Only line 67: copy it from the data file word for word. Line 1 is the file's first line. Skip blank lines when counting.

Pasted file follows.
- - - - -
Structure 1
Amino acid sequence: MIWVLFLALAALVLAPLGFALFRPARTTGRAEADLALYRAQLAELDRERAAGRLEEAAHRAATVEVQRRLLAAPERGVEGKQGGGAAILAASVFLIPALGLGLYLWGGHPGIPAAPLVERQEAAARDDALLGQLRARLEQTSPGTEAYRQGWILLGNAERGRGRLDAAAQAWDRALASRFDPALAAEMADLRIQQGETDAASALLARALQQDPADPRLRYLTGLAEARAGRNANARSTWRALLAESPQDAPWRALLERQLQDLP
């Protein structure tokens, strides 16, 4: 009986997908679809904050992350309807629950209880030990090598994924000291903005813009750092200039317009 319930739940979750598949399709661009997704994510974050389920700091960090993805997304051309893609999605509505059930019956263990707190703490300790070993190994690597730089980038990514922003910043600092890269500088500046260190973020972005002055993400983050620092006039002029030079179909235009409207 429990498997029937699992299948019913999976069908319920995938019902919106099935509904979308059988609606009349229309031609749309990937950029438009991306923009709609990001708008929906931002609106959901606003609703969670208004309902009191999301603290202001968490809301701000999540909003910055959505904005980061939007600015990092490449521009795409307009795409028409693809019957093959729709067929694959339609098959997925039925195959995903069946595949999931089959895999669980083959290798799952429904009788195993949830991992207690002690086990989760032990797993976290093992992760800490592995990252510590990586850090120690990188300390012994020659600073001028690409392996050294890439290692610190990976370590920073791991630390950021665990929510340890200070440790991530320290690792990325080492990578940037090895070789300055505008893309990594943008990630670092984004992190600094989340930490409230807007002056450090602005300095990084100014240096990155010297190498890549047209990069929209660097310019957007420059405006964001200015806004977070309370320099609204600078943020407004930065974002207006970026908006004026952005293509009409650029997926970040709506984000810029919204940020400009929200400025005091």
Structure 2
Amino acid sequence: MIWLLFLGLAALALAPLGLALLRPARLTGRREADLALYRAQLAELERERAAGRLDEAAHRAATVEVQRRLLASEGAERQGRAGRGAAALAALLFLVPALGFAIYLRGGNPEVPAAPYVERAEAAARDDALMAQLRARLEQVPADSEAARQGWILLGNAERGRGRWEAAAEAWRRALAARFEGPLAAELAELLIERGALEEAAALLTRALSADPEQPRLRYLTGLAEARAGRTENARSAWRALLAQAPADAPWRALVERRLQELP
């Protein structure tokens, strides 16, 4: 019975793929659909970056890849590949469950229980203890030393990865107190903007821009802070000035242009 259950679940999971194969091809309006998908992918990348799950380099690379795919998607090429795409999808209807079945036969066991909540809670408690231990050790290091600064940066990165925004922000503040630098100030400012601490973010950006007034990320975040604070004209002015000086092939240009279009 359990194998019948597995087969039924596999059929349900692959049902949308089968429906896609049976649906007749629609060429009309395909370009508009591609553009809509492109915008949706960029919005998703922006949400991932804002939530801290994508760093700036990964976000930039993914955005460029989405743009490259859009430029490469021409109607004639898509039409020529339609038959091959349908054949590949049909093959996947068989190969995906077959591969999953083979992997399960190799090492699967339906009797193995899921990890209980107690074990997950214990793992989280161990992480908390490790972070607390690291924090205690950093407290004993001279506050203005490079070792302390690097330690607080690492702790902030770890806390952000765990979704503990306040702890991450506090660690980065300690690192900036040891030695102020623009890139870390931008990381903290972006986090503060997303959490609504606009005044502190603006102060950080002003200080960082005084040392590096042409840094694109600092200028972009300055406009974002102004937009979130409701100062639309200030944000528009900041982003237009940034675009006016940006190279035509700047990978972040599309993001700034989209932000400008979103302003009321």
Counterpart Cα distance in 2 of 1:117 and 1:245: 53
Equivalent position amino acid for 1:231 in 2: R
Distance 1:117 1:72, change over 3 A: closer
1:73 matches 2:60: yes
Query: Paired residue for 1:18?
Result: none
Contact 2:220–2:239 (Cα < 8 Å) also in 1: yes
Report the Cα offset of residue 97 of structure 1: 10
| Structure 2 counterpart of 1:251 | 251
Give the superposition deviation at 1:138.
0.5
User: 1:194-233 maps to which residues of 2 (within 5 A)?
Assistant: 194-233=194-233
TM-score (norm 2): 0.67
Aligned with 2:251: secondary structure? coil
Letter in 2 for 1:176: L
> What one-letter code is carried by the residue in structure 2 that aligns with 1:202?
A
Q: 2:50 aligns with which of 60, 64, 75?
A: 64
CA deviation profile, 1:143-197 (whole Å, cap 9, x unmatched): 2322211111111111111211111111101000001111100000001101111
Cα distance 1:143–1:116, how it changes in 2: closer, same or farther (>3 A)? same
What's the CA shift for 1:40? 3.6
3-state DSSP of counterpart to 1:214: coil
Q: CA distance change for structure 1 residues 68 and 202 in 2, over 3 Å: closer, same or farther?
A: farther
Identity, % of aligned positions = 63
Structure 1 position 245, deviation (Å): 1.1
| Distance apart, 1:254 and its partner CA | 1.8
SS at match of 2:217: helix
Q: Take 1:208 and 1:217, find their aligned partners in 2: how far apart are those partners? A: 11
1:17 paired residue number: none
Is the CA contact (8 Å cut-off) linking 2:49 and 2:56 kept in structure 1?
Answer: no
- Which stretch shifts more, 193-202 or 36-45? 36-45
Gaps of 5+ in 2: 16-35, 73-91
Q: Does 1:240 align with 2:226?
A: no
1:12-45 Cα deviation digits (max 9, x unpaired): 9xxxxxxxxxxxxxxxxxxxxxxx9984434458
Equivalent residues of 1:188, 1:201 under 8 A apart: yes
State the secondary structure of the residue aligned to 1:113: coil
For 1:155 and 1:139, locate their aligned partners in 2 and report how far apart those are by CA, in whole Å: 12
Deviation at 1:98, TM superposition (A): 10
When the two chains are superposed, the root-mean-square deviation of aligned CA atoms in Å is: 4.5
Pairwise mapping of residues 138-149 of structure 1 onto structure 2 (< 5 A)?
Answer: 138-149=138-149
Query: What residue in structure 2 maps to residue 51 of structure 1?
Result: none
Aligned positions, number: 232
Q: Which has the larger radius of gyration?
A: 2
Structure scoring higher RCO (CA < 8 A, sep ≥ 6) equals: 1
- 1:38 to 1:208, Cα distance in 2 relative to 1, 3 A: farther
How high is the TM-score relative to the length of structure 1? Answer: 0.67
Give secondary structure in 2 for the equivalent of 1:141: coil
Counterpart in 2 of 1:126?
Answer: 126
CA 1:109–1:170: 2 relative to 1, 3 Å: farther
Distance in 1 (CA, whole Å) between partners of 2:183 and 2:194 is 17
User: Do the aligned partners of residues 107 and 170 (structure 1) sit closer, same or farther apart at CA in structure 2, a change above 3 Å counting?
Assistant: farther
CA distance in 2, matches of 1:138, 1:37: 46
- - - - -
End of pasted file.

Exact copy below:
Assistant: farther